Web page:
No great answers, yet the wrestling seems like a good thing for me to work on.

Question 4: How much time in a given week do you think about your friendships?

A LOT! Until I read your responses, I thought I was a bit of an outlier (well I may still be). There was comfort to know that I am not the only one who thinks about this pretty often.

My mind wanders towards friends and friendship throughout my entire day. The morning computer/writing time, the commute, at random times each day, lunchtime, afternoon coffee, closing time, the other commute, dinnertime, vegging out time, before I sleep (you get the idea).

Bottom line, if you are my friend, I think about you a lot.

Question 5: What are your best attributes as a friend?

I care about you. I think about you. I connect with you. I am here when you need something (yes that has included the occasional furniture moving). I invest in you. I want you to succeed. I have hope for you. I find time for you. I love you.

Question 6: If you could say one thing to your friends that would help explain what you need from them, what would you say?

Be real. Be present. Be available. Be my friend.

Question 7: How many close friends would you say you have?

Nine.

Question 8: Anything else you would like to share?

Yes. This process, this journey has helped me understand friends and friendship in a new way. Your responses have helped shape me and I don’t want this journey to end.

Earlier this week I was teaching a class and we talked about leadership. One participant mentioned that leadership has an expiration date. In other words, if you are not exercising those skills, they expire, go bad, and become rotten.

I think this applies to friendships as well.

Question 9: In 10 words or less, what advice would you give the World about friendships?

Intention. Balance. Mindful. Time. Hope. Connect. Remember. Savor. Initiate. Love.

 

A Little Friendly Research Part 7 (The Finale)

Part 7. The Finale.

Wondering what this is all about? Start here.

I asked. You answered.

Question 8: Anything else that you would like to share?

[Insert name] is a great friend.

This exercise, especially questions 6 and 7, gave me pause – made me think. Thank you for that.

Yes.

Regardless of the type of relationship you have you get out what you put in.

Friendships are difficult. time and distance have a way of seeing some friendships lose their closeness. Yet many friends, who I don’t see on a regular basis because of distance, etc. can pick up where they left off immediately because the disruption of the friendship wasn’t based on wounds of differences, but just life. Others dissolve because of differences that went unresolved. Those are the hardest. Unresolved conflict is tough.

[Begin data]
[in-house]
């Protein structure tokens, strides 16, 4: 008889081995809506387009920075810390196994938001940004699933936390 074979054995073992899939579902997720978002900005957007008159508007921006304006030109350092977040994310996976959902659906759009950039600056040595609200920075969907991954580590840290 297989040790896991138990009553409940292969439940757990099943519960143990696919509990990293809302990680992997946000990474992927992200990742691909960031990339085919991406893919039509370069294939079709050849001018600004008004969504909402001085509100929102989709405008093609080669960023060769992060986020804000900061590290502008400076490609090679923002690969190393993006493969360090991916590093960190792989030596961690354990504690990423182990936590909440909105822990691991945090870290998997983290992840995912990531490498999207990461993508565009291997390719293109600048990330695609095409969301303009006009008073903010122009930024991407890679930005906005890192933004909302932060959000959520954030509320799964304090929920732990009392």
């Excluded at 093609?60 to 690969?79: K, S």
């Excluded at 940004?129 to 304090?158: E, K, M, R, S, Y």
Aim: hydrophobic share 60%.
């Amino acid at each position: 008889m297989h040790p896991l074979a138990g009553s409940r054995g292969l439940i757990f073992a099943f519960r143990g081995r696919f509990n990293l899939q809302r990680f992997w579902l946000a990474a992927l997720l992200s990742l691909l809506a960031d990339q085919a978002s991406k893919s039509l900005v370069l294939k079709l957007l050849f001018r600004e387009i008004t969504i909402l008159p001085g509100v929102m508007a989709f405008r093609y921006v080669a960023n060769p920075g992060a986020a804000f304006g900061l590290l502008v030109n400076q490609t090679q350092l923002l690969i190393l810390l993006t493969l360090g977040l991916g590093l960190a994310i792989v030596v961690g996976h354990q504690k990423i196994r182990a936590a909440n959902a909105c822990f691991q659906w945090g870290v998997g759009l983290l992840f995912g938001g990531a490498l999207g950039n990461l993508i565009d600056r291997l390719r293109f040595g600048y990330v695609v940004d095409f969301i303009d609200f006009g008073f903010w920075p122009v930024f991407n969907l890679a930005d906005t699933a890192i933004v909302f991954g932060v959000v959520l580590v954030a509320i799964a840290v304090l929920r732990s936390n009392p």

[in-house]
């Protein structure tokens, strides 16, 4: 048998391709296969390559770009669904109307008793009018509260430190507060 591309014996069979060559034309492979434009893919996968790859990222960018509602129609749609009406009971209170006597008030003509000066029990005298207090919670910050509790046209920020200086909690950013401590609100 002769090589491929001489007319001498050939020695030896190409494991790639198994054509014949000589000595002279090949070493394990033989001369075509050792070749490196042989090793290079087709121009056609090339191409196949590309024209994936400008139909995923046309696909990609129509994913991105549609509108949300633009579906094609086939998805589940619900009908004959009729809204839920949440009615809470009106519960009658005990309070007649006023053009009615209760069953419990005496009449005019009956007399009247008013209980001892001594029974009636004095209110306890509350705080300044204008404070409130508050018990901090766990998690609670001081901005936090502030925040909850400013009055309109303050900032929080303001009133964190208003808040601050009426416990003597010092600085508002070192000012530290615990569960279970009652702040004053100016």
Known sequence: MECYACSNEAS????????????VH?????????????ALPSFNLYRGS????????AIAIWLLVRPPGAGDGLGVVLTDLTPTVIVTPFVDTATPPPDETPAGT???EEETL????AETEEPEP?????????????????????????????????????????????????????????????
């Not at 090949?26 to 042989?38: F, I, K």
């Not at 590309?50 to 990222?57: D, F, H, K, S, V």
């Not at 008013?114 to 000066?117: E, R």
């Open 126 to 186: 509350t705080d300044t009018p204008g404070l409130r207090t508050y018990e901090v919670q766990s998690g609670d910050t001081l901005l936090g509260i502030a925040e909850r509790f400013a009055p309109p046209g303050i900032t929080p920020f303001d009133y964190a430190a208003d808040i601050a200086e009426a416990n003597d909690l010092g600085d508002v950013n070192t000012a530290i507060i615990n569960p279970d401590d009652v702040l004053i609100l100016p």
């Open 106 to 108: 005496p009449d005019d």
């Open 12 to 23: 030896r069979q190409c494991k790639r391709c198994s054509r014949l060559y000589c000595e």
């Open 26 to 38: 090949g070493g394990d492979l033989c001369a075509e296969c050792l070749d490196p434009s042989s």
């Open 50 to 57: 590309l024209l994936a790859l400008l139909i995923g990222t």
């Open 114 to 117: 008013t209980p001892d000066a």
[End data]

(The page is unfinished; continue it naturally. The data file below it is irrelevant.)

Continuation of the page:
[insert name] is a great friend and I appreciate [name].

Question 9: In 10 words or less, what advice would you give to the World about friendships?

Treat a friendship like a romantic relationship and vice versa.

Friends are one the greatest gifts you will receive. They… (sorry there was a 10 word limit.)

(Just Kidding) …provide laughter as well as keep you from wandering off in the desert of life.

Be the friend you want to have.

It’s not a contest.

People always come into your life for a reason, enjoy!

Being willing to be vulnerable when you want to retreat because you are hurt or misunderstood, is well worth it. If that friend truly values you and your friendship, he or she will cover that vulnerability with grace. Your friendship can grow stronger in spite of the struggle. Way more than 10 words. Lol.

I’m breaking the rules and combining 8 and 9.

I don’t have any advice, but I will share a wish. When I think about my friendships, it occurs to me that most (if not all) of them are largely based on convenience. It’s convenient because we live near each other, or because we work together, or because we’re in class together, etc. If that convenient variable were removed, I don’t know what would happen to those relationships. Would they make the effort to maintain them? Would I? I know that feeling like a friend-when-convenient is pretty sad; I’ve felt that way, and I’m sure I’ve made others feel that way too. I wonder if this is just the way it is with the friendships we have in adulthood?

If so, my wish is that we could find a way to do better than that. I wish that friendships were a higher priority, despite all of other things competing for our time and energy. I wish we valued them more. I wish that we’d protect them, and fight for them. I wish we’d be more willing to do the work to sustain them, even when it’s not convenient. Especially then.

Ten words: Food and friendship enhance each other.

Thank you again for all of you who answered and shared this post with others. Keep sharing, keep answering, and most of all keep questioning.

What’s next? My turn.